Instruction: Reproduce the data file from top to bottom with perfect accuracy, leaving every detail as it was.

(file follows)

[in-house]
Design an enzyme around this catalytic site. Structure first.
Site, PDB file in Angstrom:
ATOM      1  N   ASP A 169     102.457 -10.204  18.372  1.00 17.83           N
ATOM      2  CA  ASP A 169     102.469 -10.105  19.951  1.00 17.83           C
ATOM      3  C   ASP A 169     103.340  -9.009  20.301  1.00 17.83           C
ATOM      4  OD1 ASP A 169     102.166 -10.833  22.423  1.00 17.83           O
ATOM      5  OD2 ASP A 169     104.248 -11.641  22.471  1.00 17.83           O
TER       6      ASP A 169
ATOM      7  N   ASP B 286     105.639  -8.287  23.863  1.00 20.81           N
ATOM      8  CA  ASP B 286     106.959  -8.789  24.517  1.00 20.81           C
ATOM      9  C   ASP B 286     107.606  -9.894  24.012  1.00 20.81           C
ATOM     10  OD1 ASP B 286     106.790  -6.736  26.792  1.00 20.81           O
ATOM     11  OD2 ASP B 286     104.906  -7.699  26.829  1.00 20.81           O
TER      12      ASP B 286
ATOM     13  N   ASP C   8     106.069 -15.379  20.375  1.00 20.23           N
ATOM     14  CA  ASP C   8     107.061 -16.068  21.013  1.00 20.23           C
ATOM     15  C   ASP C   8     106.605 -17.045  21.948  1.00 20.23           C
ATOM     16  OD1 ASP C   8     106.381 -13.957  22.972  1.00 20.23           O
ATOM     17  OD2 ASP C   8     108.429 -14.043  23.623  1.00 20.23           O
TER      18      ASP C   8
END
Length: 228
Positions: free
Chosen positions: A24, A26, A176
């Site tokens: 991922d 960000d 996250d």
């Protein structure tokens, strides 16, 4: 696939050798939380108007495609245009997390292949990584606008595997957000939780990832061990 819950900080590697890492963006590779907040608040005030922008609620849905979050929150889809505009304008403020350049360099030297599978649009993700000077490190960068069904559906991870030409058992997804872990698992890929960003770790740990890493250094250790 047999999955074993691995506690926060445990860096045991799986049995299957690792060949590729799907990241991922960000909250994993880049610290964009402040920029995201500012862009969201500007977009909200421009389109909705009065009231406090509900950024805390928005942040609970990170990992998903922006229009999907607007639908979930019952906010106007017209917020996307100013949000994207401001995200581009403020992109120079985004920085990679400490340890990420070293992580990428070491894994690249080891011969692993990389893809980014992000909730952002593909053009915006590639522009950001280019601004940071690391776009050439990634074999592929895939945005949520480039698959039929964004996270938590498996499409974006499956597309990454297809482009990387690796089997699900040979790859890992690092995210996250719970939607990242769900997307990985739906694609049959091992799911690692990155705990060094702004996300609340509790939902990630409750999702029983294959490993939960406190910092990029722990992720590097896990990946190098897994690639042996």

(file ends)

[in-house]
Design an enzyme around this catalytic site. Structure first.
Site, PDB file in Angstrom:
ATOM      1  N   ASP A 169     102.457 -10.204  18.372  1.00 17.83           N
ATOM      2  CA  ASP A 169     102.469 -10.105  19.951  1.00 17.83           C
ATOM      3  C   ASP A 169     103.340  -9.009  20.301  1.00 17.83           C
ATOM      4  OD1 ASP A 169     102.166 -10.833  22.423  1.00 17.83           O
ATOM      5  OD2 ASP A 169     104.248 -11.641  22.471  1.00 17.83           O
TER       6      ASP A 169
ATOM      7  N   ASP B 286     105.639  -8.287  23.863  1.00 20.81           N
ATOM      8  CA  ASP B 286     106.959  -8.789  24.517  1.00 20.81           C
ATOM      9  C   ASP B 286     107.606  -9.894  24.012  1.00 20.81           C
ATOM     10  OD1 ASP B 286     106.790  -6.736  26.792  1.00 20.81           O
ATOM     11  OD2 ASP B 286     104.906  -7.699  26.829  1.00 20.81           O
TER      12      ASP B 286
ATOM     13  N   ASP C   8     106.069 -15.379  20.375  1.00 20.23           N
ATOM     14  CA  ASP C   8     107.061 -16.068  21.013  1.00 20.23           C
ATOM     15  C   ASP C   8     106.605 -17.045  21.948  1.00 20.23           C
ATOM     16  OD1 ASP C   8     106.381 -13.957  22.972  1.00 20.23           O
ATOM     17  OD2 ASP C   8     108.429 -14.043  23.623  1.00 20.23           O
TER      18      ASP C   8
END
Length: 228
Positions: free
Chosen positions: A24, A26, A176
């Site tokens: 991922d 960000d 996250d």
């Protein structure tokens, strides 16, 4: 696939050798939380108007495609245009997390292949990584606008595997957000939780990832061990 819950900080590697890492963006590779907040608040005030922008609620849905979050929150889809505009304008403020350049360099030297599978649009993700000077490190960068069904559906991870030409058992997804872990698992890929960003770790740990890493250094250790 047999999955074993691995506690926060445990860096045991799986049995299957690792060949590729799907990241991922960000909250994993880049610290964009402040920029995201500012862009969201500007977009909200421009389109909705009065009231406090509900950024805390928005942040609970990170990992998903922006229009999907607007639908979930019952906010106007017209917020996307100013949000994207401001995200581009403020992109120079985004920085990679400490340890990420070293992580990428070491894994690249080891011969692993990389893809980014992000909730952002593909053009915006590639522009950001280019601004940071690391776009050439990634074999592929895939945005949520480039698959039929964004996270938590498996499409974006499956597309990454297809482009990387690796089997699900040979790859890992690092995210996250719970939607990242769900997307990985739906694609049959091992799911690692990155705990060094702004996300609340509790939902990630409750999702029983294959490993939960406190910092990029722990992720590097896990990946190098897994690639042996």